Up first, a man becomes "unstuck in time" and simultaneously experiences his past, present and future in the surreal Slaughterhouse-Five from 1972 directed by George Roy Hill and starring Michael Sacks.

Then, Jerry Lewis and Madeline Kahn are malformed alien twins sent to Earth to solve its problems in the goofy 1982 comedy Slapstick (of Another Kind)(from the brilliant mind who brought you Baby Geniuses).

And finally, Bruce Willis, Nick Nolte and Albert Finney lead an all-star cast in a quirky look at Midwestern life in 1999's Breakfast of Champions.

LISTEN NOW:

MP3 Direct Download

Also, if you like the show, (and why wouldn't you if you've come this far) please take a minute and subscribe and/or comment on us on iTunes, Blubrry or Podfeed.net. We gain precious nutrients from your love and support.

Tuesday, March 8, 2011

James Gunn's "Super" has a trailer!

As I've said on previous episodes (JFD31 and JFD38), I am a big James Gunn fan. I've been waiting a long time for a follow up to his awesome "Slither" flick (that we'll probably do on the show at some point) and that follow up will be dawning on us soon.

It seems like The Great Magnet has pulled a bunch of stuff I like together on this one. I love superheroes. I especially love superheroes with no superpowers (my favorites being Batman, Iron Man, Punisher and The Maxx). I like Rainn Wilson a great deal, I have a weird crush that I don't understand on Ellen Page and I think Nathan Fillion one of the best actors around. Everything's shaping up nicely on this one.



Thursday, March 3, 2011

TOMORROW!


In the salad days of Episode #16 we had the distinct pleasure of interviewing Mr. Frank Henenlotter. Tomorrow night, we have the chance to meet the man and shake his hand at Forbidden Planet. Mr. Henenlotter and cohort Anthony Sneed (of Bad Biology) will be live in person starting at 7pm. Be there!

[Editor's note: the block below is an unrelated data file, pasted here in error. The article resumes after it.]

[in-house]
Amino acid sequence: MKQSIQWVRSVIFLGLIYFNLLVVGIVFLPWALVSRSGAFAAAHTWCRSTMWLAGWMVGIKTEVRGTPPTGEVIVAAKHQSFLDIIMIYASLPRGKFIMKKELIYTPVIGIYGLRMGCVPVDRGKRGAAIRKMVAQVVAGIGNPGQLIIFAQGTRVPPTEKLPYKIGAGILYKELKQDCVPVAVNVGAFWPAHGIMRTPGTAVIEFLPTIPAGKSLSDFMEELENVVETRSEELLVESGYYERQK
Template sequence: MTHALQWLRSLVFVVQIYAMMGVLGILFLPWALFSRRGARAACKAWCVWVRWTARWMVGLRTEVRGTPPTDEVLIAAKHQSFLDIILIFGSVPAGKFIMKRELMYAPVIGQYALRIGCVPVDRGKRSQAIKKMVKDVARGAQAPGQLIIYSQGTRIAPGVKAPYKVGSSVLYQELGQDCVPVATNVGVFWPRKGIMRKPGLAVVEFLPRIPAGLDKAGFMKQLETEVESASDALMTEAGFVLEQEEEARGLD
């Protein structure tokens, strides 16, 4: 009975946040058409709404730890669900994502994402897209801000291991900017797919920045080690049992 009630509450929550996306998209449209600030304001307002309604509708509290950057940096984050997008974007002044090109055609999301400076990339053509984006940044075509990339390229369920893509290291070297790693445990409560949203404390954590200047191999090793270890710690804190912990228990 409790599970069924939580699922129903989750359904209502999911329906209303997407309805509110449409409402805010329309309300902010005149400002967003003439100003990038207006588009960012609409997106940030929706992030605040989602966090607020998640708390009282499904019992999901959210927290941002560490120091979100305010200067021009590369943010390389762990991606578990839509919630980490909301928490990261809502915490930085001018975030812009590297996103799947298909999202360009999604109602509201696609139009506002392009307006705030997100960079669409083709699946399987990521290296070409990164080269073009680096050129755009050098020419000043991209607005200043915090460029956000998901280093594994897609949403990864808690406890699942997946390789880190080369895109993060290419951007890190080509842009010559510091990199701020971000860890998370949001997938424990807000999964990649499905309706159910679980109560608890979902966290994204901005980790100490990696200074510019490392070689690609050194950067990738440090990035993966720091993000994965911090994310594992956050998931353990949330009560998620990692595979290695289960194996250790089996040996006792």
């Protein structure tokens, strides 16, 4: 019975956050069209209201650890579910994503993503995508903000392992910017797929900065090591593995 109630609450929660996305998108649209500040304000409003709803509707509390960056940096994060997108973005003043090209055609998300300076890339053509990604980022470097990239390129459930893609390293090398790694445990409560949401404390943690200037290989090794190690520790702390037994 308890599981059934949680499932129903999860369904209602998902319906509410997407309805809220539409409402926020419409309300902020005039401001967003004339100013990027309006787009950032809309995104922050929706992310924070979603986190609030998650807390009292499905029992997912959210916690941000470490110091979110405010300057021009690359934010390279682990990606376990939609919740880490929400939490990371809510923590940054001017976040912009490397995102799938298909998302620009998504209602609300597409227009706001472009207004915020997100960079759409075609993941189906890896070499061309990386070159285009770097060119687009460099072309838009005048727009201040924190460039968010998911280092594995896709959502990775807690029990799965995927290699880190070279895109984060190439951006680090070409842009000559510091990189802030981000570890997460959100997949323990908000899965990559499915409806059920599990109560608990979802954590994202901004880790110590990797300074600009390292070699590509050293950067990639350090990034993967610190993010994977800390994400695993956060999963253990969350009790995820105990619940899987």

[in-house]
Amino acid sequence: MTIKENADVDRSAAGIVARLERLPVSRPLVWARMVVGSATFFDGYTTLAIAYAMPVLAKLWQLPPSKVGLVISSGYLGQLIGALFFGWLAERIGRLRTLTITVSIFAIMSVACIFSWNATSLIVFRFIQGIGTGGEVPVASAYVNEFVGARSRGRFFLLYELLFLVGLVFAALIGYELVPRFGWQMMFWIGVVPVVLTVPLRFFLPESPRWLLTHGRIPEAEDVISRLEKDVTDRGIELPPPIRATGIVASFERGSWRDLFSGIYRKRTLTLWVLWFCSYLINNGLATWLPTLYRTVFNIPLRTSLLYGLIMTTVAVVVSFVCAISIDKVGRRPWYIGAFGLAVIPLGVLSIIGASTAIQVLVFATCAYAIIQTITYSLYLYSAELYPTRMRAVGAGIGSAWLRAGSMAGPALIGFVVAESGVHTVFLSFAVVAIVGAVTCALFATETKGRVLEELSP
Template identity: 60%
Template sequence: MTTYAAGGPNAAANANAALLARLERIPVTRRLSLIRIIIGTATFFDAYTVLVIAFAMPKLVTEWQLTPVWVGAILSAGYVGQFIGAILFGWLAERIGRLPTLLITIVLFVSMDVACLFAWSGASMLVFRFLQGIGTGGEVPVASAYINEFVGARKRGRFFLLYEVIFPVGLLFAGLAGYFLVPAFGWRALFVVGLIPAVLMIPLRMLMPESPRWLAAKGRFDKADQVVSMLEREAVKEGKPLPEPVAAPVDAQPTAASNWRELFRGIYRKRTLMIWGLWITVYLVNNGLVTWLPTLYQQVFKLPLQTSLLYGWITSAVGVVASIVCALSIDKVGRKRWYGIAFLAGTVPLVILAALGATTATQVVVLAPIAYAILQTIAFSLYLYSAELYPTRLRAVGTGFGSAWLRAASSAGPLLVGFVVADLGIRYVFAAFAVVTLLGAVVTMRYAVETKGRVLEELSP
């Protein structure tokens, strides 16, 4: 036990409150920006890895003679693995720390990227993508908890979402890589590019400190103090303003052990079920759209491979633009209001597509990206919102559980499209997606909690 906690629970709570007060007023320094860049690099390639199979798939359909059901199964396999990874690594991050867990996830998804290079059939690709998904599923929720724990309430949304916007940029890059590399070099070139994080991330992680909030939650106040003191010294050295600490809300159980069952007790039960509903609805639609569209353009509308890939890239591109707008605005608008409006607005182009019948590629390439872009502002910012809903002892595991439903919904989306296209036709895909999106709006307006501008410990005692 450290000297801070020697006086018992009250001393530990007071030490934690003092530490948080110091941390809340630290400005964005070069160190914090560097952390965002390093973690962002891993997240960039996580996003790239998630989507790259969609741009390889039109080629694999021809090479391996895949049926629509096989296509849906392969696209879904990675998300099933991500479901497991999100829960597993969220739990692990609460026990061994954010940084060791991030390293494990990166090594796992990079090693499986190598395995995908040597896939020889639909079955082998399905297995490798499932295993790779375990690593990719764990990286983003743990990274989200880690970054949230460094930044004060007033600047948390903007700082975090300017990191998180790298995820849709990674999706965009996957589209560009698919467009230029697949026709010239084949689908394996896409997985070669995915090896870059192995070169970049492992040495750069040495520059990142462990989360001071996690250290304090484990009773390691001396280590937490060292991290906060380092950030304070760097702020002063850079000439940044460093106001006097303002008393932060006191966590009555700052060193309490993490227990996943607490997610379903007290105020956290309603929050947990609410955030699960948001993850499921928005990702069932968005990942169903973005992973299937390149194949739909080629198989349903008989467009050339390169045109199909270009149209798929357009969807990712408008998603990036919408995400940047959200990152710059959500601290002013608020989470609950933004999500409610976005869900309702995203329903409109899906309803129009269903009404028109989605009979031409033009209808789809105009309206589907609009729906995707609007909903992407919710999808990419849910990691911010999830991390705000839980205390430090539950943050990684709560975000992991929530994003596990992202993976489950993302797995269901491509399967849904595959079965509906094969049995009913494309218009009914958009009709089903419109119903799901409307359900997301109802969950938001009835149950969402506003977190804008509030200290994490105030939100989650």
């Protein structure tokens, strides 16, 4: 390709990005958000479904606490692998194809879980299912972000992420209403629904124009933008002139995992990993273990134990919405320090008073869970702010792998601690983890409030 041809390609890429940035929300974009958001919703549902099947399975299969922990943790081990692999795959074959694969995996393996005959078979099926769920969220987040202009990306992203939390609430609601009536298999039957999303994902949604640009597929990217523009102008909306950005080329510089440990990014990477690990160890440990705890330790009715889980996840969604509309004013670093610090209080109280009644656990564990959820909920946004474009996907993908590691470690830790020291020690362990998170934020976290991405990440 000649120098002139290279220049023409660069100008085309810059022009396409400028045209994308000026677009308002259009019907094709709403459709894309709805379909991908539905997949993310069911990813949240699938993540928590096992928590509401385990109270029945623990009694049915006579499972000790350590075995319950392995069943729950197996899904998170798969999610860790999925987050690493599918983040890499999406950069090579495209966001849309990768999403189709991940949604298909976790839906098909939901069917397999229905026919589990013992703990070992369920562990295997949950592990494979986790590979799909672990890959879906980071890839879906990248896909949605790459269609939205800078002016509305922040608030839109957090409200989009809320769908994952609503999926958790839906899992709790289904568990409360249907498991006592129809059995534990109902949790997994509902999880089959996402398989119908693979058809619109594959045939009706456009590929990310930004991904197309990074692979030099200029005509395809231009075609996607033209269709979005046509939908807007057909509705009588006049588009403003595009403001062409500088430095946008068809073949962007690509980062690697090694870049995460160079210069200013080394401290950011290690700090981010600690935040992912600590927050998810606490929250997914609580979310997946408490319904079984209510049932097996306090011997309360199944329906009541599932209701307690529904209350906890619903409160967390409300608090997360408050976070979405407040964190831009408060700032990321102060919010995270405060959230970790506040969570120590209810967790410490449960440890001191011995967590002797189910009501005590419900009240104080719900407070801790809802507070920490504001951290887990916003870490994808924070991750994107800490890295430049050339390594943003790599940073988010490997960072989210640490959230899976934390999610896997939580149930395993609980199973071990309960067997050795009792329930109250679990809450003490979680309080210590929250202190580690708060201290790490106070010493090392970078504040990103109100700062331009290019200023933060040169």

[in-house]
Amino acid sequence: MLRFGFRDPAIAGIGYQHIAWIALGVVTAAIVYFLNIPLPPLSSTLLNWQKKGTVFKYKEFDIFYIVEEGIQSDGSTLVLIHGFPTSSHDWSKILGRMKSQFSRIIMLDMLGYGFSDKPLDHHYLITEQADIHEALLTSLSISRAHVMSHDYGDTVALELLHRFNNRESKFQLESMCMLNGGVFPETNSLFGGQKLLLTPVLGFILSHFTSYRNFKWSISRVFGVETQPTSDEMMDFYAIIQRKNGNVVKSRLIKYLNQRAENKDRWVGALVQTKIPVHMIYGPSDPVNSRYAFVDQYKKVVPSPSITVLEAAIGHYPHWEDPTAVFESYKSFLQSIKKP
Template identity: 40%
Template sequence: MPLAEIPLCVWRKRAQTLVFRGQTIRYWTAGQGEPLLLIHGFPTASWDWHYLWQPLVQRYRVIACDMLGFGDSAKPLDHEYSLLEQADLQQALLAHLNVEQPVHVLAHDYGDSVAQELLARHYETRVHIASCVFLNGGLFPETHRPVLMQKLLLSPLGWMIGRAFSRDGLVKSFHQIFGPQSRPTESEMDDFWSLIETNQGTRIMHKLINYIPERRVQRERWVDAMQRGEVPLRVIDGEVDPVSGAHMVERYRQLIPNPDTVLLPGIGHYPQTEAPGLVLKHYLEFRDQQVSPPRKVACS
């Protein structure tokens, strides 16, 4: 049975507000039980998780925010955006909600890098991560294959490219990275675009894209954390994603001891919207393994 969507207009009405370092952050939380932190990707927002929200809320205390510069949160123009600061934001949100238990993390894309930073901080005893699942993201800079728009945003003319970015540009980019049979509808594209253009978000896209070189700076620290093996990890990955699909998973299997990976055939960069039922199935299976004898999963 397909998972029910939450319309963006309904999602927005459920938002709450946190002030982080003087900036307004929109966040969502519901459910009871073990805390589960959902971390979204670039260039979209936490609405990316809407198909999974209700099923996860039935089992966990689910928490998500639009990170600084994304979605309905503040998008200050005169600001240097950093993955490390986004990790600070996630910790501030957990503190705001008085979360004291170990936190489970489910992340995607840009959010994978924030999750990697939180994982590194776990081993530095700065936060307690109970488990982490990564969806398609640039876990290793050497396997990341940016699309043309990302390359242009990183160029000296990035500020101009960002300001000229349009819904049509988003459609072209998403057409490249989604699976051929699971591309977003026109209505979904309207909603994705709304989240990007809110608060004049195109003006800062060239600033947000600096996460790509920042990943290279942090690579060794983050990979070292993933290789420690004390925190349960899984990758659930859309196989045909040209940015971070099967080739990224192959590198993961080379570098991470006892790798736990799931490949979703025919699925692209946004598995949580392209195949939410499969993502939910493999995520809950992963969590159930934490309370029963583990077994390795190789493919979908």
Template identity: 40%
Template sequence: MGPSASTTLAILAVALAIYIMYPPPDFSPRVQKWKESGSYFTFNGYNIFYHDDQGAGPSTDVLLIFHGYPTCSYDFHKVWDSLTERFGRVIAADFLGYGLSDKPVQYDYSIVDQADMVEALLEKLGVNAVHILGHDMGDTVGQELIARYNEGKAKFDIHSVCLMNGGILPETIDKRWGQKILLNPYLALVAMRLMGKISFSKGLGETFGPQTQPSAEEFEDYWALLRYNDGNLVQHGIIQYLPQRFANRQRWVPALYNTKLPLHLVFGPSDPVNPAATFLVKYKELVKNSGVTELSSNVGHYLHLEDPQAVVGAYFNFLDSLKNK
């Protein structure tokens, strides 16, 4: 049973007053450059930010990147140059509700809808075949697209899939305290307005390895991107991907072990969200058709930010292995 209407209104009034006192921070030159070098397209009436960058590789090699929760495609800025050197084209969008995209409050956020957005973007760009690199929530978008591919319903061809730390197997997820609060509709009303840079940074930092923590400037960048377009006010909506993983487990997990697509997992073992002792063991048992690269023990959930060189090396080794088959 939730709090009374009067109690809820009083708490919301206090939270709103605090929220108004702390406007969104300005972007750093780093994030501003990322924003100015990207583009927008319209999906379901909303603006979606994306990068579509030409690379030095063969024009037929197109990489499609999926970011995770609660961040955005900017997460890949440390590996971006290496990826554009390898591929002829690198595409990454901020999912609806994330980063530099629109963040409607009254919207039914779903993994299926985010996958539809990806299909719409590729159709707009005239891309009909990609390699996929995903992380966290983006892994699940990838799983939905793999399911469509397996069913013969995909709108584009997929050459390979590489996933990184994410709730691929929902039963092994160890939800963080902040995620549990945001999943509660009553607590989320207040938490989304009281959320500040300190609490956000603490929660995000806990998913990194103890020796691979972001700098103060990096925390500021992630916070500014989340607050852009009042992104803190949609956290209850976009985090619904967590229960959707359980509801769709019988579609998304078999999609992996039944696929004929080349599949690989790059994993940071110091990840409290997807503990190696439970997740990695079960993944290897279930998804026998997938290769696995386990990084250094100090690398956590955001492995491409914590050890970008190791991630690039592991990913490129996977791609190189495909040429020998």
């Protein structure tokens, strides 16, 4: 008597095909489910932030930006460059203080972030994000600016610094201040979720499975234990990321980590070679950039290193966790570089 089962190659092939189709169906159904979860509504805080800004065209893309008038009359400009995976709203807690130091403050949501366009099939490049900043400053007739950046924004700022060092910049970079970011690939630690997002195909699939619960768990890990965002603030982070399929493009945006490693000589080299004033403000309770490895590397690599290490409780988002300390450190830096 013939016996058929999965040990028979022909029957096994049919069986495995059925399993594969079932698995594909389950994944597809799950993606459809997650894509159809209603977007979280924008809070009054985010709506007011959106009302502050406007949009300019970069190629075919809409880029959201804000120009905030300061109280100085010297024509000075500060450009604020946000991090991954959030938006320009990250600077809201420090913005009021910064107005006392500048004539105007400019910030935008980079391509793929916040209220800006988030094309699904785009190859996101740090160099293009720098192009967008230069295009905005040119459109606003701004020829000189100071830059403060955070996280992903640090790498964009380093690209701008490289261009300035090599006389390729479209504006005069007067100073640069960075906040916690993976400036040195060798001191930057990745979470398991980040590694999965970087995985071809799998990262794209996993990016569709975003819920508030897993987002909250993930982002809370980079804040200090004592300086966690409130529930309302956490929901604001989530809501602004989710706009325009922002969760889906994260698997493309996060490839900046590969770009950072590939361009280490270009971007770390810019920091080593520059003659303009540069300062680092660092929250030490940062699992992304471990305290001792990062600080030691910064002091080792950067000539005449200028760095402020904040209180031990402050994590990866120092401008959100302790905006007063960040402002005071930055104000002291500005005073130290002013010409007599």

Wednesday, March 2, 2011

Fun!


Thanks to everyone who came out for the first, of hopefully many, Project Parlor and Junk Food Dinner Present.
See you guys in 2 weeks for more fun.
In the meantime, if you want to contact us you can hit us up at JFDpodcast@gmail.com or call the hotline at 347-746-JUNK.

Tuesday, March 1, 2011

Junk Food Dinner Podcast: Episode #48


Junk Food Dinner is ready to party- with you! This week Mr. Matt D. from Forbidden Planet joins us for the show. So settle in as we kick things off with Gorman Bechard and Carmine Capobianco's hilariously-gory-romantic-splatterfest Psychos in Love from 1987. Up next we sink our claws into (and nearly expose ourselves to the potential risk of seziures) 2004's Cutie Honey. Finally, some people you may have heard of from other movies take part in the source of a lifelong nightmare of Parker's when we take a look at Invaders from Mars from 1986.

(Don't forget! If you're in NYC today (3/1/11) come to Project Parlor in Bed-Stuy (742 Myrtle Ave.) for Junk Food Dinner and Project Parlor Present hosted by Mark Freado, Jr. and Kevin Merryman! Starting at 9PM!)


Direct Download Here.

Got a movie suggestion for the show, want to give your opinion on a movie we talked about or just want to tell us we suck? Drop us a line at JFDPodcast@gmail.com. Or hit us up on the hotline: 347-746-JUNK (5865).

Also, please take a minute and subscribe and/or comment on us on iTunes, Podcast Alley or Podfeed.net.